Content mastery

It’s not about what we teach, it’s about what you learn


As private tutors, our founders saw student after student who had taken one of the branded classroom courses and yet still lacked basic knowledge, such as geometry formulas, or knowledge of how to factor in order to solve in an equation.


This wasn’t because the courses do not teach these concepts. They absolutely do. They just don’t ensure that you learn them. Because most GMAT courses are taught by people who found the GMAT easy, they don’t realize what it takes to get from 0 to 100 on multiple content areas.


If you are sitting in class not taking anything in, there is nothing they can do about it except ask you to pay $200 an hour for private tutoring. So we decided to create a better course.


  • o   Start at your level


Our technology platform figures out what your level is and starts you at your level, not the level at which the class happens to be taught. One of the main reasons why students don’t get what’s happening in class is that the class starts at the wrong level for them.


  • o   Repeat as many times as necessary until you get it


This is the other big problem with teaching content in a classroom. In a classroom, they can only show it to you once, and they have to pack hundreds of concepts into a few hours. You will miss most of them because your brain just explodes. But even the ones you do get, if they are totally new (or “as new” because it’s been so long since you saw them) you forget straight away. The only way to ensure you get them is to repeat them at home. Our technology platform and our experts ensure that you study each concept at the right intervals: repeating it very quickly after the first time you learn it, then once it is closer to your permanent memory, spacing the repetitions a bit further apart.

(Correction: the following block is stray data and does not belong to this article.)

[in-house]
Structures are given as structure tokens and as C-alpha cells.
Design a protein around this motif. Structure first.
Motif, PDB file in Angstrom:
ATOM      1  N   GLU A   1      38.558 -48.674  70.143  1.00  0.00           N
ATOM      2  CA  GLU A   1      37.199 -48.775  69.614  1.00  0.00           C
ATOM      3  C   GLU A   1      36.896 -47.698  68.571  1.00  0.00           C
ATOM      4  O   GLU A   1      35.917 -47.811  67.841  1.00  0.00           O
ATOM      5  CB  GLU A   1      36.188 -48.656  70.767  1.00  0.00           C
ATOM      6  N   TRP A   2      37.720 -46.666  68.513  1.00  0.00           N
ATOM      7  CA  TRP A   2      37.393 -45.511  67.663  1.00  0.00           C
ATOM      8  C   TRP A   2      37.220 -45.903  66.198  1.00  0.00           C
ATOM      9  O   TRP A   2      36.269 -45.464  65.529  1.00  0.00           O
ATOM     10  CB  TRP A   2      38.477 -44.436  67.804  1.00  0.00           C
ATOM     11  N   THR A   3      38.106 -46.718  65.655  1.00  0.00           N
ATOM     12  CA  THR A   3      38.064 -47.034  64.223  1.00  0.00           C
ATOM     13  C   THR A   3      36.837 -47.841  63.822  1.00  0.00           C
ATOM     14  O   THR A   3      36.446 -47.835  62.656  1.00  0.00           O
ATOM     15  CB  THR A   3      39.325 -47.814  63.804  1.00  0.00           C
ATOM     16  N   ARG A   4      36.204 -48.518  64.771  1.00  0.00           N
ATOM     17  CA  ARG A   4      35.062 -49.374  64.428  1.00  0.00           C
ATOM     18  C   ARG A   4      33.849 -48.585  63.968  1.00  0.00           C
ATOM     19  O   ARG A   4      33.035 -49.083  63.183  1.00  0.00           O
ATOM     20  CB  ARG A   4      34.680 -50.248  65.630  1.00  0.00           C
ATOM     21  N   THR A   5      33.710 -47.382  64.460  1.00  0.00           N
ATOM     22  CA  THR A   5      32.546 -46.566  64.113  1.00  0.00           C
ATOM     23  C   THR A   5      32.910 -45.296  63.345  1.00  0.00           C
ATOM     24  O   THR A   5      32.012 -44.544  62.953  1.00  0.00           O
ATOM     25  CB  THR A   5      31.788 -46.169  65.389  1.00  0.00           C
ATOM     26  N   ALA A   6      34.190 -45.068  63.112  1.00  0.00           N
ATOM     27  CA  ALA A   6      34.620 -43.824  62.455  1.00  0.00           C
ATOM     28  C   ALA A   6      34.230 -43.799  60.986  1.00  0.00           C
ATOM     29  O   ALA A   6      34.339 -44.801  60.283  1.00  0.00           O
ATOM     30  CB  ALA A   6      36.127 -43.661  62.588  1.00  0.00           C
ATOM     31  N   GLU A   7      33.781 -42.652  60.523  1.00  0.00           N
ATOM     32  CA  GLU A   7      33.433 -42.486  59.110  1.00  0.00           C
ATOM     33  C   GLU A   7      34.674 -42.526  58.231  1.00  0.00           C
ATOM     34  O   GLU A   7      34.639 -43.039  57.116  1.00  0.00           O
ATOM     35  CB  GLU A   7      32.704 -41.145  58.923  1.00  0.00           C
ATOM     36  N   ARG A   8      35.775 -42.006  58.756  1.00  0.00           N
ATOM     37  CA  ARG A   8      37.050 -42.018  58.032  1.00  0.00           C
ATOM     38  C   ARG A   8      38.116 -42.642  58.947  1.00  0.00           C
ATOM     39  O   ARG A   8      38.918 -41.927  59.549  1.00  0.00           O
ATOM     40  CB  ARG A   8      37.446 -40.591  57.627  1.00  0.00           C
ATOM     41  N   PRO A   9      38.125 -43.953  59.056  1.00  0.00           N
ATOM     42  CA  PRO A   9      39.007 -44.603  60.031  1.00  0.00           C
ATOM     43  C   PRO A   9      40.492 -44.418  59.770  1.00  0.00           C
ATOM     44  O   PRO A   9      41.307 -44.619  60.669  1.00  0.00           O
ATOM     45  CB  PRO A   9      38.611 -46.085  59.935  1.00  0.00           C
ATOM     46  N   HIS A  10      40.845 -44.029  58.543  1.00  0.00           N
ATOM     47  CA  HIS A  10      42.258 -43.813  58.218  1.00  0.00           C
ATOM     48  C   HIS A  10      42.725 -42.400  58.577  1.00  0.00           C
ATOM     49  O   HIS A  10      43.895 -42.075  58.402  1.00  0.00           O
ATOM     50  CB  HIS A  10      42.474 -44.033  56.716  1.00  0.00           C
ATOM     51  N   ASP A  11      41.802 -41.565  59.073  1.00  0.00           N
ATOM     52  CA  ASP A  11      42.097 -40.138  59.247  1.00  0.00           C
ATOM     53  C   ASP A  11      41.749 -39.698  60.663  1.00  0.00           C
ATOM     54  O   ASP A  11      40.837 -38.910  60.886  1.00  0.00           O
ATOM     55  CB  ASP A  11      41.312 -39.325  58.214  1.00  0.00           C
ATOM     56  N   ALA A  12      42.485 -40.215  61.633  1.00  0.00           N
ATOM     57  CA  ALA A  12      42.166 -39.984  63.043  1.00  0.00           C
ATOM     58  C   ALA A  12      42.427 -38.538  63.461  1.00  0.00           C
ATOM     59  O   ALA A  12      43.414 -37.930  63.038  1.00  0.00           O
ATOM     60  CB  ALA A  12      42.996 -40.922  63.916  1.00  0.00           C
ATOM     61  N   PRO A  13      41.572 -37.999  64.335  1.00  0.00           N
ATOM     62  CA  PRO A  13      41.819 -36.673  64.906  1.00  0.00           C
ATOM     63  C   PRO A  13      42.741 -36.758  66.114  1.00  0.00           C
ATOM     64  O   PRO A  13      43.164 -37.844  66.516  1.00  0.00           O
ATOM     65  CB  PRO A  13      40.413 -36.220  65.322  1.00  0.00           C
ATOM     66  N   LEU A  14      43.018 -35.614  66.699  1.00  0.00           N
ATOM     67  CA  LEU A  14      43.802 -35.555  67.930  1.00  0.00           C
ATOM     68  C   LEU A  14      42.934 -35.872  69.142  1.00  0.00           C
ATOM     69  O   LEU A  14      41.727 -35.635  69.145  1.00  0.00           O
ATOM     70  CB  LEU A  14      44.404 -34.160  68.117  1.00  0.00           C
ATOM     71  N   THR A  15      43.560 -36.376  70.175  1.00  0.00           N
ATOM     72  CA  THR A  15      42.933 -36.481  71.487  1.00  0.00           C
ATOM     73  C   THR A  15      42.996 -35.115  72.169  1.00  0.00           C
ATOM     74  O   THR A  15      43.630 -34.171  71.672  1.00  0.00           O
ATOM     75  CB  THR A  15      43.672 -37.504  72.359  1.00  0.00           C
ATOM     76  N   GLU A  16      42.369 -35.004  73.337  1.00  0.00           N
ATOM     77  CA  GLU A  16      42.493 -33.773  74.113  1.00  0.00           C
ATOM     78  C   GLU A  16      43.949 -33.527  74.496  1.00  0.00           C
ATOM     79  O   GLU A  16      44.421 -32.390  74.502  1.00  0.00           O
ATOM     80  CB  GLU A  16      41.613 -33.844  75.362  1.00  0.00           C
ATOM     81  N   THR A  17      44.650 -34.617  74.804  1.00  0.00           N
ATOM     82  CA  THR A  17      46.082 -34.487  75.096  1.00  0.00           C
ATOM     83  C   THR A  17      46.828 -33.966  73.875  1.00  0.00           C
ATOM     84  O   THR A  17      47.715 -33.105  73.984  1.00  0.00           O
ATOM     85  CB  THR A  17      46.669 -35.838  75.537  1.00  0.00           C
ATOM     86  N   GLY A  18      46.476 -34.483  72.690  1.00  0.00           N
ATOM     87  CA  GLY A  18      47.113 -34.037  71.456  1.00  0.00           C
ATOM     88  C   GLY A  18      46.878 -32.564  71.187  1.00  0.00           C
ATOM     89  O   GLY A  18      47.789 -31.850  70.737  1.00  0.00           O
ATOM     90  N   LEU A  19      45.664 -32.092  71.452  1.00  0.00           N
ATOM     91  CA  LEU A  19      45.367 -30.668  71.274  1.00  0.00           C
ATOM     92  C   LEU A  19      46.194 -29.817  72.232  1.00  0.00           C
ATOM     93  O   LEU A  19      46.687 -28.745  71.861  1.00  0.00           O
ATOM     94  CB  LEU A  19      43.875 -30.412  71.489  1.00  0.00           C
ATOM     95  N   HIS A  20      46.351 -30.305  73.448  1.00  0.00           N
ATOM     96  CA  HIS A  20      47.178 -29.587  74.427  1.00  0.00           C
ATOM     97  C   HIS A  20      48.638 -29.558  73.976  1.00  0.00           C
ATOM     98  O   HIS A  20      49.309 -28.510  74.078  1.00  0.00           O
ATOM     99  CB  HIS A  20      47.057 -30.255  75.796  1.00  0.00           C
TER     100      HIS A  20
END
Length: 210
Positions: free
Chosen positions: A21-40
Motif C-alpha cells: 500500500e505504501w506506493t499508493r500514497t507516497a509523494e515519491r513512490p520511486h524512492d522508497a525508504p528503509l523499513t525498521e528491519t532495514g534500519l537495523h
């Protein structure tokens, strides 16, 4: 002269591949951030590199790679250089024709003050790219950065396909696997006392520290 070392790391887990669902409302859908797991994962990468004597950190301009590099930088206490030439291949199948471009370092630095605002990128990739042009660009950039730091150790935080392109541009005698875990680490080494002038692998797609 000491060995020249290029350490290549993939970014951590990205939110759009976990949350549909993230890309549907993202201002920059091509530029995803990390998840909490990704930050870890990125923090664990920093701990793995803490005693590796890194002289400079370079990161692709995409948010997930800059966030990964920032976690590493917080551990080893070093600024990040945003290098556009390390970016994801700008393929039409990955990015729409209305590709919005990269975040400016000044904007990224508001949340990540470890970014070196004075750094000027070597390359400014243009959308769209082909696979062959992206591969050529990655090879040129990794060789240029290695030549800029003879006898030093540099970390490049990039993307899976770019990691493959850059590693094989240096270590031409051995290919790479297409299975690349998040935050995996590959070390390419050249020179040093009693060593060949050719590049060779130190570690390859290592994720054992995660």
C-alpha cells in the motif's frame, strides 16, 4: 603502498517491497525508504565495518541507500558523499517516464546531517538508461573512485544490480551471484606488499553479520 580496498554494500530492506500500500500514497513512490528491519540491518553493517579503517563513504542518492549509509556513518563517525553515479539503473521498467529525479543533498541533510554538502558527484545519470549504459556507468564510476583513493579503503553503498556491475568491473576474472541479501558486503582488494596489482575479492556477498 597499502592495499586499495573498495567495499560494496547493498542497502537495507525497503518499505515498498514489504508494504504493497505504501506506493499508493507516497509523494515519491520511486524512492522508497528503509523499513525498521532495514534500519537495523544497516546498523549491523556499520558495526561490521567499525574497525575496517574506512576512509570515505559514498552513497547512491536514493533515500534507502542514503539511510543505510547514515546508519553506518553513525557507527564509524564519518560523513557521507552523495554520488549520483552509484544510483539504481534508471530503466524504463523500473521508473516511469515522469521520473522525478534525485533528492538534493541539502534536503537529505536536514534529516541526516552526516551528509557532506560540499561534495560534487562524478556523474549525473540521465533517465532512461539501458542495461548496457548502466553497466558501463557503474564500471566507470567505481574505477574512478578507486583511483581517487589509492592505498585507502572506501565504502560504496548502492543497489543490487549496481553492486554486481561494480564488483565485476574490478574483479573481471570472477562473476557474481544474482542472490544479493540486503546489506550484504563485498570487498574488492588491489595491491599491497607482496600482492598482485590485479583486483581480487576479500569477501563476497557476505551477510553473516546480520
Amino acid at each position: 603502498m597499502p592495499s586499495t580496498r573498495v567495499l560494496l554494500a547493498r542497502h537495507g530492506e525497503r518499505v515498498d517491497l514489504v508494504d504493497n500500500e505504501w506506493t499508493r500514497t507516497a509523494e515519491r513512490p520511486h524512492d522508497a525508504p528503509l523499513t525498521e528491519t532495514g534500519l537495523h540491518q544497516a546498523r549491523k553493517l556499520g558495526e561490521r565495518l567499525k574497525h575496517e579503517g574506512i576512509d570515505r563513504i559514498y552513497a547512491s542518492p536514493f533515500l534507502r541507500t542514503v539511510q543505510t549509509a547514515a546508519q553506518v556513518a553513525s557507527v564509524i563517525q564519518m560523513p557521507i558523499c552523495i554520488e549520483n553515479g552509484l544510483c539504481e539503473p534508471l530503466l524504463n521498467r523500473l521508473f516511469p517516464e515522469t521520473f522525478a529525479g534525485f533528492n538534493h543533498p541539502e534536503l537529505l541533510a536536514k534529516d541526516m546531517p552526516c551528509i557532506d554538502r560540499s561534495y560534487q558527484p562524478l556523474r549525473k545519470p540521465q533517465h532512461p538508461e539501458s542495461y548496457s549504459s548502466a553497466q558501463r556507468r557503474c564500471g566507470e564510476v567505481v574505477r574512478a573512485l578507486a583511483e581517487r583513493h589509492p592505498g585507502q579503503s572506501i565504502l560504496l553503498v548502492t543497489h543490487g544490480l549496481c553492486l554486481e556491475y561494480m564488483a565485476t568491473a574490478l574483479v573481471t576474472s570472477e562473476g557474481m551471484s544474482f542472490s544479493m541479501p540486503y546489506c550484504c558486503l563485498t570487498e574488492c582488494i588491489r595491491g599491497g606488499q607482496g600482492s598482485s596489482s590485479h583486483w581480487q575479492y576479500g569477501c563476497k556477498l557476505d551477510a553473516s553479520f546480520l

• o   Appreciate the content on another level


We don’t just stop teaching you a concept once you get it. We want to make sure the concept is in your permanent memory, so that recall and use of it is automatic rather than effortful. It’s about speed. The better you understand a concept, the more quickly you can recall it. And on the GMAT, time is very much of the essence. If you want to kow what "automatic processing" means in practice, see the question and solution at the bottom.


We also don’t just want to know that you can recall a formula when you know what content area you are studying. We want to know that you can apply it, unprompted, in the context of a wider question that has 4 or 5 concepts going on at once.  It’s about what level of understanding you reach.

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